5 A case of weak theory. Lottery or neutral models rarely work in nature. However, they likely still have some use in ecology and in many other systems that model or need to understand interactions to predict outcomes. Explain lottery models and when they do apply (4 points). Then explain how we can practically use them in ecology or any other field of research that studies interactions (6 points).
6 A case of stability. Four hypotheses have been proposed to explain the relationship between diversity and function. Explain each. Each is not however equally likely to apply to every ecosystem or even within a region. Design an experiment that explicitly tests this hypothesis set (and contrasts them) that you could practically apply to a region like grasslands in Southern Ontario (areas of Downsview Park or YorkU campus for instance) to determine how species richness and ecological function might relate and how we should thus manage the species in the region that we live and study in. Tip: 4 points for an experiment that tests the relevant and 2 points for how the findings could be used.
Srivastava big picture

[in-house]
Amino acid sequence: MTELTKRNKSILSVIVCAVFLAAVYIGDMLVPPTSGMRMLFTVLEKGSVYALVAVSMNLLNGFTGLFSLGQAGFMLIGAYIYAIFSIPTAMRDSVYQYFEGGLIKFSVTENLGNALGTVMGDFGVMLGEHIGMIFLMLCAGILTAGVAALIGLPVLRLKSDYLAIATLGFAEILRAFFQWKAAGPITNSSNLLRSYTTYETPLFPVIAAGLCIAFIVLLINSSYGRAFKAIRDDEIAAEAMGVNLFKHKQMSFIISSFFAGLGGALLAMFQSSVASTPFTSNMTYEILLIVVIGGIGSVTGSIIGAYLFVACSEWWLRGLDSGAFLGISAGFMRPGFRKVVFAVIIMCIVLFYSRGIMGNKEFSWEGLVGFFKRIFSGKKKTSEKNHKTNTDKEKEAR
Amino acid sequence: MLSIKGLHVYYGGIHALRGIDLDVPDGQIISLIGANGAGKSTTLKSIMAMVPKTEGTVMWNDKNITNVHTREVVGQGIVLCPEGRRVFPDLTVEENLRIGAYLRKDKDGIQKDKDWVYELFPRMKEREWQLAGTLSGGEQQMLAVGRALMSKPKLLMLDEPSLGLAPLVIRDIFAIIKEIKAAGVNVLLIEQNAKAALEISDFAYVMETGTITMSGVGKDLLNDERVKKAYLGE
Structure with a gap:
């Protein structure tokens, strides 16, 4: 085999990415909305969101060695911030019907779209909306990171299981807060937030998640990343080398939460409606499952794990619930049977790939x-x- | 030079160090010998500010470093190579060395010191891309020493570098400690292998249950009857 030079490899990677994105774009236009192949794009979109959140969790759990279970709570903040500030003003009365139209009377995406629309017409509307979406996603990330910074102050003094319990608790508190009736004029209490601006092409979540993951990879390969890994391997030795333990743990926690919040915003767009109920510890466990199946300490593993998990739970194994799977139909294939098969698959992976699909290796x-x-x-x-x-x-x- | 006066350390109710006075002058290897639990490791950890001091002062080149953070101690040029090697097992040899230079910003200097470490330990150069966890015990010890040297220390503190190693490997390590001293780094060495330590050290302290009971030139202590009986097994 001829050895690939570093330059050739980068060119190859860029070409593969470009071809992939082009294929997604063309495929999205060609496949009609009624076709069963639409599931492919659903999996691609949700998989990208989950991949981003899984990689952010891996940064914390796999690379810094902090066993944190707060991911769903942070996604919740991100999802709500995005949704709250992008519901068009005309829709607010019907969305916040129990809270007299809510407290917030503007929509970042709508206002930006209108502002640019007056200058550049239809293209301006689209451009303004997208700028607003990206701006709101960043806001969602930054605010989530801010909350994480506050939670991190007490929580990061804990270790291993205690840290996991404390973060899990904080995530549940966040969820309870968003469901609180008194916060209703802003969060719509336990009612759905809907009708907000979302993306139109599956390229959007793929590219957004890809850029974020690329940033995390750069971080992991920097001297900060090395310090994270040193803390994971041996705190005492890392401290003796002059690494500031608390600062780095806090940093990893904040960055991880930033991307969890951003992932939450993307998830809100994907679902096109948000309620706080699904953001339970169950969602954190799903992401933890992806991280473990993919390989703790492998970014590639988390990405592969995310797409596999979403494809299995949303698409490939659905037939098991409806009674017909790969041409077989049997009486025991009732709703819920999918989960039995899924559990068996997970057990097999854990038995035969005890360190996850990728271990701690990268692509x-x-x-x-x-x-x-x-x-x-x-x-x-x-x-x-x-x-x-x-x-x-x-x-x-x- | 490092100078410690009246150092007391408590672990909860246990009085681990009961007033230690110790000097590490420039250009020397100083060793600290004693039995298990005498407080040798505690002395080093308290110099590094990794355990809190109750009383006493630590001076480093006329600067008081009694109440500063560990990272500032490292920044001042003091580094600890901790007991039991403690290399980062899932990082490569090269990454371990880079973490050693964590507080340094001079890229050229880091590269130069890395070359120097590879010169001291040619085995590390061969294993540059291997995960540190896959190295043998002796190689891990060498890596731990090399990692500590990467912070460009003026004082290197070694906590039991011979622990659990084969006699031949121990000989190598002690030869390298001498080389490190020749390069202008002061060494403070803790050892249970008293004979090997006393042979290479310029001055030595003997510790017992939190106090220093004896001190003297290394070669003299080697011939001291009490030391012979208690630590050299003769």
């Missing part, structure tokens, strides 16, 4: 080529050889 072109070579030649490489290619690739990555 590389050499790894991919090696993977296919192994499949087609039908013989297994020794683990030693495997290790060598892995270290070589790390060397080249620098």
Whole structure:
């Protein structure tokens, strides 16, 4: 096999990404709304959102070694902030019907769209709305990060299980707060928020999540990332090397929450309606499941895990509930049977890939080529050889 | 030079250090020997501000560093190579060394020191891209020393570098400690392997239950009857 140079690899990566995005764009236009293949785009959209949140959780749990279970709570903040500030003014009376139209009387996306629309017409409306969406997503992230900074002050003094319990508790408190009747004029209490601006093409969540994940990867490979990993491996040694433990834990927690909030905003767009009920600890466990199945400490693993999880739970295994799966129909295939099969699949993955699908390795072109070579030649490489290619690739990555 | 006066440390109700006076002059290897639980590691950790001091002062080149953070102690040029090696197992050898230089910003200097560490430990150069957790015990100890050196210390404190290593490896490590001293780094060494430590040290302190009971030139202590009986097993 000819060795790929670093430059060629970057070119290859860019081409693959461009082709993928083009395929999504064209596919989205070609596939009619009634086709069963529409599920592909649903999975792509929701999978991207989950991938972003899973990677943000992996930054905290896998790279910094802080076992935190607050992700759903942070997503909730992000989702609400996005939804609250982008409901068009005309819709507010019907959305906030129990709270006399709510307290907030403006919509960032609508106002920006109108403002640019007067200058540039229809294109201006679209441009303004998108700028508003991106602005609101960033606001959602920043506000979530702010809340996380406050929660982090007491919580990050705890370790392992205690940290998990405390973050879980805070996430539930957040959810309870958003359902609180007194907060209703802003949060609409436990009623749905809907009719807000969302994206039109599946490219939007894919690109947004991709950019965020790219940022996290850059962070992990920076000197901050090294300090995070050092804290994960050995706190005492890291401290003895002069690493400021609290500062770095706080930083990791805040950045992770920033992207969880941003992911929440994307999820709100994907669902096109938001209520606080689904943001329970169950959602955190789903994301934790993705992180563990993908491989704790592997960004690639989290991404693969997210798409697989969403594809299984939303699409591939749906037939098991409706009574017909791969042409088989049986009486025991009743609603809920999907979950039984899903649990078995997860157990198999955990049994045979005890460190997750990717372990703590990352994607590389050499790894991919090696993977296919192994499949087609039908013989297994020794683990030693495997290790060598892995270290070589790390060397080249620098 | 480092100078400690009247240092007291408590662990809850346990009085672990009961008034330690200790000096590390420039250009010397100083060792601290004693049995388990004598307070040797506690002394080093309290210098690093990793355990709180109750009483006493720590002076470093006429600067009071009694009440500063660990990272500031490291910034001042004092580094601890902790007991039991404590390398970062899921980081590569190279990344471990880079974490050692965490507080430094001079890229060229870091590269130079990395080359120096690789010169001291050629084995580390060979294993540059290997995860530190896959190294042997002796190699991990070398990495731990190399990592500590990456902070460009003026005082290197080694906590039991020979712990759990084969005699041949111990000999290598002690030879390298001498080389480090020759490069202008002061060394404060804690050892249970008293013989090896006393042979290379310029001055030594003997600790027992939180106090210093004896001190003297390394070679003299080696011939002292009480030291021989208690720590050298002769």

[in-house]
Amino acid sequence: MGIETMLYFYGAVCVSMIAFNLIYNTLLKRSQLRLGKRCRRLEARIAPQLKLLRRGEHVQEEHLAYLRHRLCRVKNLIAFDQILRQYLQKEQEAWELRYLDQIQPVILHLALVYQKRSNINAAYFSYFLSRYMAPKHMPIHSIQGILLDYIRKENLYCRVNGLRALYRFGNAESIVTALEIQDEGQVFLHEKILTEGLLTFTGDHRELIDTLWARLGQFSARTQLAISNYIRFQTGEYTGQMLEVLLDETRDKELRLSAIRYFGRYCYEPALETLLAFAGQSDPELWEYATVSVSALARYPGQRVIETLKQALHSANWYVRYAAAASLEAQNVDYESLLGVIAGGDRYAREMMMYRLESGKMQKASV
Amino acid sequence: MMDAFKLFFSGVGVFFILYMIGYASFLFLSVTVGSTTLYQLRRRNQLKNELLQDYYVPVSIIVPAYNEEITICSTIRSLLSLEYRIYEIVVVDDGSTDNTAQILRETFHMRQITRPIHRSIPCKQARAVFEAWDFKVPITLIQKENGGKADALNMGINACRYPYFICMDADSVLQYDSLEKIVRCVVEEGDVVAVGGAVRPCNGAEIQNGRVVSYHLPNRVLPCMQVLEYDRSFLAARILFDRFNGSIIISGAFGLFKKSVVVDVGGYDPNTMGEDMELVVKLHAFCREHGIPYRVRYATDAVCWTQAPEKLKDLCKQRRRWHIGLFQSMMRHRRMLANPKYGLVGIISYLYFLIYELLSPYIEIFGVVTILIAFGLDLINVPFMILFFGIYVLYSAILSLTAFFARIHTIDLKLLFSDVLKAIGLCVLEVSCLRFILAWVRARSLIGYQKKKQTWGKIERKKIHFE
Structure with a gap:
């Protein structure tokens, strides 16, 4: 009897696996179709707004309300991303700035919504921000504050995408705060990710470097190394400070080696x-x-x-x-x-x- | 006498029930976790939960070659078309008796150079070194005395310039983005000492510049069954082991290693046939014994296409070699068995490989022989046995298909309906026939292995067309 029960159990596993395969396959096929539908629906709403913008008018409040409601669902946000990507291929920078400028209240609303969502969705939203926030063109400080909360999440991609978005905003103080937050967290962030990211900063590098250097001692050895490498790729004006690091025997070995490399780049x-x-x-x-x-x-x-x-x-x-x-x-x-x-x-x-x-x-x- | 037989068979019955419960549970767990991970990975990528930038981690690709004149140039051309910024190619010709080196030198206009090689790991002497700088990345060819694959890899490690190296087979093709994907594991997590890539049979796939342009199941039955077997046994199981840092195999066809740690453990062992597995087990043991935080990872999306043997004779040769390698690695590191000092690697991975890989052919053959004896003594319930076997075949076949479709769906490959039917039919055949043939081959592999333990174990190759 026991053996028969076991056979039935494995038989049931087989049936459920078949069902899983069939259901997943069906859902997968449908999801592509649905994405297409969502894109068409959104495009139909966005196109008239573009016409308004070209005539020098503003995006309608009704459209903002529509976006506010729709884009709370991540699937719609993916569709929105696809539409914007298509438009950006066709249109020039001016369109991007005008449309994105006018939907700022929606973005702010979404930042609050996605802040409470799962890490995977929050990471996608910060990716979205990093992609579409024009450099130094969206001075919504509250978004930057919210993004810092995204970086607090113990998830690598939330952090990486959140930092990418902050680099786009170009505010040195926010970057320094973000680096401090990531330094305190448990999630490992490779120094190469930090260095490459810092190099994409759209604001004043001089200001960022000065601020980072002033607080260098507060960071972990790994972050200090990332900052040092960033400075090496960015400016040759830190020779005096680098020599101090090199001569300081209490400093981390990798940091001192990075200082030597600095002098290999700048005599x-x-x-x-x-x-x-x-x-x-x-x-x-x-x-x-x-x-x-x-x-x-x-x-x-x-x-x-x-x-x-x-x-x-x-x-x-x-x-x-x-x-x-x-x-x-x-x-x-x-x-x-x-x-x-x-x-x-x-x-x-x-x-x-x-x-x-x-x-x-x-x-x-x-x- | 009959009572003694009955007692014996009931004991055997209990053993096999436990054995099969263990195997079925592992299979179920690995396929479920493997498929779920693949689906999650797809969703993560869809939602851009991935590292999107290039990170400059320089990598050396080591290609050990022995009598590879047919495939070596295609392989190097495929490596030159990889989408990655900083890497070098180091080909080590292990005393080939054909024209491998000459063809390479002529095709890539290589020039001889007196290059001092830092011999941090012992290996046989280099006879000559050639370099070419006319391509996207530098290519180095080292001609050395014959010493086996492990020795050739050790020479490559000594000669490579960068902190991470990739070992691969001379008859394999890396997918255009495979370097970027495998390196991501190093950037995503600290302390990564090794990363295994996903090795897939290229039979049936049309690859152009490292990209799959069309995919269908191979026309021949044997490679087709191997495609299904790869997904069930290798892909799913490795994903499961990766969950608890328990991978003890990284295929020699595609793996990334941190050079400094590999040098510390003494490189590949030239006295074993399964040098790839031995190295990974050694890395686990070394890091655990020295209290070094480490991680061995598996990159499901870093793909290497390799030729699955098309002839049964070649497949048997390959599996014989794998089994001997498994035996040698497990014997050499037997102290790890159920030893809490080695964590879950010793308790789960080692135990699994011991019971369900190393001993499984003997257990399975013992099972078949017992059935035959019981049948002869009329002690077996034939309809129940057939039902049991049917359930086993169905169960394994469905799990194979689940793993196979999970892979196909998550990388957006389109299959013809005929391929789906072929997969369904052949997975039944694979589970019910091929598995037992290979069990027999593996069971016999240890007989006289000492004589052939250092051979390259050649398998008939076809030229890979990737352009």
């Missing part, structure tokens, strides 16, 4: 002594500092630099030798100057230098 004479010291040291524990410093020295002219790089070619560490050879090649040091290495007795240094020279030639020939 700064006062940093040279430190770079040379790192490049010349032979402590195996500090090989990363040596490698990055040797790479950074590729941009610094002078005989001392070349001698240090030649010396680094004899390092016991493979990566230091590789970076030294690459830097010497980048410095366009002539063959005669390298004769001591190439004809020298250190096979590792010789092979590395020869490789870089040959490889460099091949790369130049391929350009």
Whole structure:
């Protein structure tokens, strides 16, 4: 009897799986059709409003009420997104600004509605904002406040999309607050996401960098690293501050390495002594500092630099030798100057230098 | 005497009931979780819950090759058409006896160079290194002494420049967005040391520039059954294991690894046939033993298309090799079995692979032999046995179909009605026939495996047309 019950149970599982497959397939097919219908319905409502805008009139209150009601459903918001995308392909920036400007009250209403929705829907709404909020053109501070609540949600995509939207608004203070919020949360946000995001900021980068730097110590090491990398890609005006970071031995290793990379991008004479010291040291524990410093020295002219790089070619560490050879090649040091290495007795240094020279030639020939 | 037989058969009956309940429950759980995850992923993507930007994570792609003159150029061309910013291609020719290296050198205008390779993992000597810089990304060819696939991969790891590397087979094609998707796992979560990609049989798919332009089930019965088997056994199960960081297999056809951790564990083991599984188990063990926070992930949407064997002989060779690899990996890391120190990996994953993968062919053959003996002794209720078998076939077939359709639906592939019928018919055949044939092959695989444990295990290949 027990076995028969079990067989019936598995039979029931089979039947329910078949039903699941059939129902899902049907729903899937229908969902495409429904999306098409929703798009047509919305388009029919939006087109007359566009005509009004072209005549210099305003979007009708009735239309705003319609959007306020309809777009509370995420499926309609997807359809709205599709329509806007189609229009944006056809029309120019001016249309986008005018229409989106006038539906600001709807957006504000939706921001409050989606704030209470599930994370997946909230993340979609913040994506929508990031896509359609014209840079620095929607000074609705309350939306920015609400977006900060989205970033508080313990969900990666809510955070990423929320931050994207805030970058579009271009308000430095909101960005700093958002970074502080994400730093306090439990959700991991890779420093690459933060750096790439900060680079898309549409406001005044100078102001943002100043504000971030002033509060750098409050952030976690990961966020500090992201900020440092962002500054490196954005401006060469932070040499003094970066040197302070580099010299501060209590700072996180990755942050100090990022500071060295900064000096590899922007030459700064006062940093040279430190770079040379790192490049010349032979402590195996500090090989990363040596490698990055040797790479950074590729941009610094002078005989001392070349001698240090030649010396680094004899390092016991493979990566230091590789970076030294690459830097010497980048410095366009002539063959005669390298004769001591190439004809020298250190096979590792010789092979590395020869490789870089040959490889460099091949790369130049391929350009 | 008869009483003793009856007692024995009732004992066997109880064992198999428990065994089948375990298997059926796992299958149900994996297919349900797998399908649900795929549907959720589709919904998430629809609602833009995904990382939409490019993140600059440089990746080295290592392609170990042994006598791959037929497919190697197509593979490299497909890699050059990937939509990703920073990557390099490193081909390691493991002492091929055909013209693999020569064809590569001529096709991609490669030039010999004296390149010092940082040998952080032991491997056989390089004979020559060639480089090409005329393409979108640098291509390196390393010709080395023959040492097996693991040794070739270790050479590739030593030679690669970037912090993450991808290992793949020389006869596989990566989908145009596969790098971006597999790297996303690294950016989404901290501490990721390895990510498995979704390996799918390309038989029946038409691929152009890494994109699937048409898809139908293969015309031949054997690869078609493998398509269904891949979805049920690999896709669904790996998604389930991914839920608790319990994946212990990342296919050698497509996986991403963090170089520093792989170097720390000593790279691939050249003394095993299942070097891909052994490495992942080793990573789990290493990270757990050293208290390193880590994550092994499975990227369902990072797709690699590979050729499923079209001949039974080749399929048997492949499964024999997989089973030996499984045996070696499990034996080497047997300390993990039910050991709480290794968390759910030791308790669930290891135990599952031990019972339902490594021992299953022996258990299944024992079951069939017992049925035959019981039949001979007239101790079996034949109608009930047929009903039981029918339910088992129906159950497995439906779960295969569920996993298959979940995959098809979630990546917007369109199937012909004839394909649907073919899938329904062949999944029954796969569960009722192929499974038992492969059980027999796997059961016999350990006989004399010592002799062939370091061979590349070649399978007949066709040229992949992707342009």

7 A case failure to connect. Ecology and conservation biology seem like very similar disciplines of science. However, in the paper by Srivastava, numerous limitations in connecting the best possible ecology to conservation are listed. In other words, ecology is failing to be practical! Not going to happen to us. We know that principled data, useful hypotheses and theories, testable predictions, and framing the scope of inference more broadly ensure that ecology is practical. Given our focus on this approach, we should also be able to connect ecology to restoration ecology like Srivastava did in her paper for conservation. Explain the difference between restoration and conservation (2 points). Explain the solutions that Srivastava proposed for ecologists to consider to better help conservation biologists work with BDEF (2 points). Now, similar to what she did, propose three questions that ecologists could answer for ecologists to consider that will make restoration more effective in working with biodiversity (3 Q each at 2 points each for restoration).